Sermon for Ladock Flower Festival 2018

Flower Festival 2018:  PEACE

INTRODUCTION to the Service

Our Flower Festival this year has wonderfully and thoughtfully highlighted the human condition: as Rowan, the former Archbishop of Canterbury says, we live in a mixed economy where good and evil are intertwined everywhere we look – in our gardens(!), across the continents, in our own lives.  But, like Flanders’ fields of poppies, the flowers here remind us of hope and resurrection; they shout out

Goodness is stronger than evil.
Love is stronger than hate.
Light is stronger than darkness.
Life is stronger than death.
Victory is ours through Him who loved us.

I hope this morning we can continue to reflect in a way that leads to transformation and peace, with thanksgiving.


I wonder how you would define peace ….

If you have any little people in your family, you will probably know this story:  Peace at last

By Jill Murphy ….

I think we all identify with this because we often think of peace as the removal or avoidance of something – noise, difficulties, irritations, conflicts, war.

But that is not the whole story: for true peace is peace during these situations, as well as when the conflicts are solved; it’s something positive, active – more than a nice feeling, and something not so easy to achieve.


We have to work at peace, we have to make it – and thankfully Jesus told us that peace-makers will be blessed.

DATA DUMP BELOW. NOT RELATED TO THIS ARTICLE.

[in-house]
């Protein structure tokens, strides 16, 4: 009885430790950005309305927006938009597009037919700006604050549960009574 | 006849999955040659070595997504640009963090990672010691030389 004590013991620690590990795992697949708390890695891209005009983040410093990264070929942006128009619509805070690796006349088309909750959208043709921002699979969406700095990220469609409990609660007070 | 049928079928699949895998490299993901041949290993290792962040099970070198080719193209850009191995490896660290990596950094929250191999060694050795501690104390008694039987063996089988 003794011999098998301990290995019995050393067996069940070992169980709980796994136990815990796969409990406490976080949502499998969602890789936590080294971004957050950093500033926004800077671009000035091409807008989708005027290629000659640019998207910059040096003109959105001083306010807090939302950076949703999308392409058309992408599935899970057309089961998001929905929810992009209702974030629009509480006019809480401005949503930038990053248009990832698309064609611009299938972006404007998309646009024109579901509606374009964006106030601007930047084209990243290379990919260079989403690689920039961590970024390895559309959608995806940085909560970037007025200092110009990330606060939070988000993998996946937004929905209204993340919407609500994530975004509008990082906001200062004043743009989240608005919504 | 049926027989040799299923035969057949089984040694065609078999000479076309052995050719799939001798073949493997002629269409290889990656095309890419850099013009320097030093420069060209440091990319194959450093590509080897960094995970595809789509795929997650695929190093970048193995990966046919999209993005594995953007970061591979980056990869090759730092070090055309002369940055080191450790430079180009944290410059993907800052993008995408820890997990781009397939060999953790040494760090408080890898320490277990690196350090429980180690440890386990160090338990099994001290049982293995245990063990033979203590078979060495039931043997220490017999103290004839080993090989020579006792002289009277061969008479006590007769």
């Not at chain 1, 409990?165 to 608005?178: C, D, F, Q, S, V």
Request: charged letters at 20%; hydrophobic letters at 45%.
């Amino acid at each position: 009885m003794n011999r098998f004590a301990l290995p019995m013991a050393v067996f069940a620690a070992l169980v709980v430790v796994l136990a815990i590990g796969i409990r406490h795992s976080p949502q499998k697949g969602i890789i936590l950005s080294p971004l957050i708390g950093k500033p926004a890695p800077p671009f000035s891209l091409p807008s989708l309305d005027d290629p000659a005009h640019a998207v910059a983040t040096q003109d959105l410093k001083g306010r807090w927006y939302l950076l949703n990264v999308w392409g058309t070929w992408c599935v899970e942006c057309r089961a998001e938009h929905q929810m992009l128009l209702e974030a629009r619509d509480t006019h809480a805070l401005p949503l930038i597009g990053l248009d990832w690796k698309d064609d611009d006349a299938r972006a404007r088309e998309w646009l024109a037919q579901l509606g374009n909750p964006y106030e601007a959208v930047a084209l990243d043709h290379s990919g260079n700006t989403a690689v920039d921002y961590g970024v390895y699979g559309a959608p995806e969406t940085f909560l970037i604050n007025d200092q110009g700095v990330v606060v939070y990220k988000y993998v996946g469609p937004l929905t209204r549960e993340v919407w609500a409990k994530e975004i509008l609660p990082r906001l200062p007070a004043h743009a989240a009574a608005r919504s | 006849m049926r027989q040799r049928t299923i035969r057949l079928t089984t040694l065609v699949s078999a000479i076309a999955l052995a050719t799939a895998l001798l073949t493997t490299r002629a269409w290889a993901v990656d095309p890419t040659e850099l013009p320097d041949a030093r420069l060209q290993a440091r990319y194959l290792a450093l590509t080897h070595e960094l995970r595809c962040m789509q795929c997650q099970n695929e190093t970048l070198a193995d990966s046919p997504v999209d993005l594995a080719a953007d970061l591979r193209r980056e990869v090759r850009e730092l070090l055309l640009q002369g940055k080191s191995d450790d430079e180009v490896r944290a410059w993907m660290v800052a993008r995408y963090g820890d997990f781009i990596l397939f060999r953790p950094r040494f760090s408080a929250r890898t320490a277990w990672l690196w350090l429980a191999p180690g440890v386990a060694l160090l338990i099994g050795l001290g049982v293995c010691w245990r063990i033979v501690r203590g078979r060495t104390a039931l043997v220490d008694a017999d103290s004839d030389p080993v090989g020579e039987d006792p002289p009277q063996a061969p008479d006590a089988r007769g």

Peace is not satisfied until there is

Reconciliation – a coming together of the warring parties and putting relationships right

If someone in a family storms out of the house after bitter arguments, there may be a semblance of peace; but true peace only comes about when the family reunites with repentance and forgiveness and living in harmony together once again


Peace is not satisfied until we can forgive and love our enemies

A sign of this is when we can pray for those who slander or persecute us


And peace is not satisfied until we do good to those who hate us

So often someone has to break the cycle and take the initiative in putting things right.


There is a hint of these things in Jill Murphy’s story:  at the end – they are back together;

Mr. Bear accepts Mrs Bear’s cup of tea; he does this graciously without chiding or blaming.


Our Lord Jesus knew all about making peace:  he took the initiative – he came to us;

his outstretched arms on the cross held God in one hand and us in the other, and he drew us together, as he took our blame upon his own shoulders; we can be back in relationship with God again;

he forgave at all times, even from the cross;

he never paid back or took revenge.

This peace passes the test.


Knowing God is on our side, that he is for us and not against us, brings a peace that passes our understanding, to all the situations we may find ourselves in; for we can be confident that He is with us; he will see us through; he will never leave us or forsake us.


This is the peace sans frontiers we are asked to put into practice. 

This is the motivation and strength for faithful peace-makers:  to forgive others as we have been forgiven. 

Perhaps we all need a few more cups of tea – especially with our enemies! – if we are to find Peace at last.  Peace at the last.

May you go in peace today.




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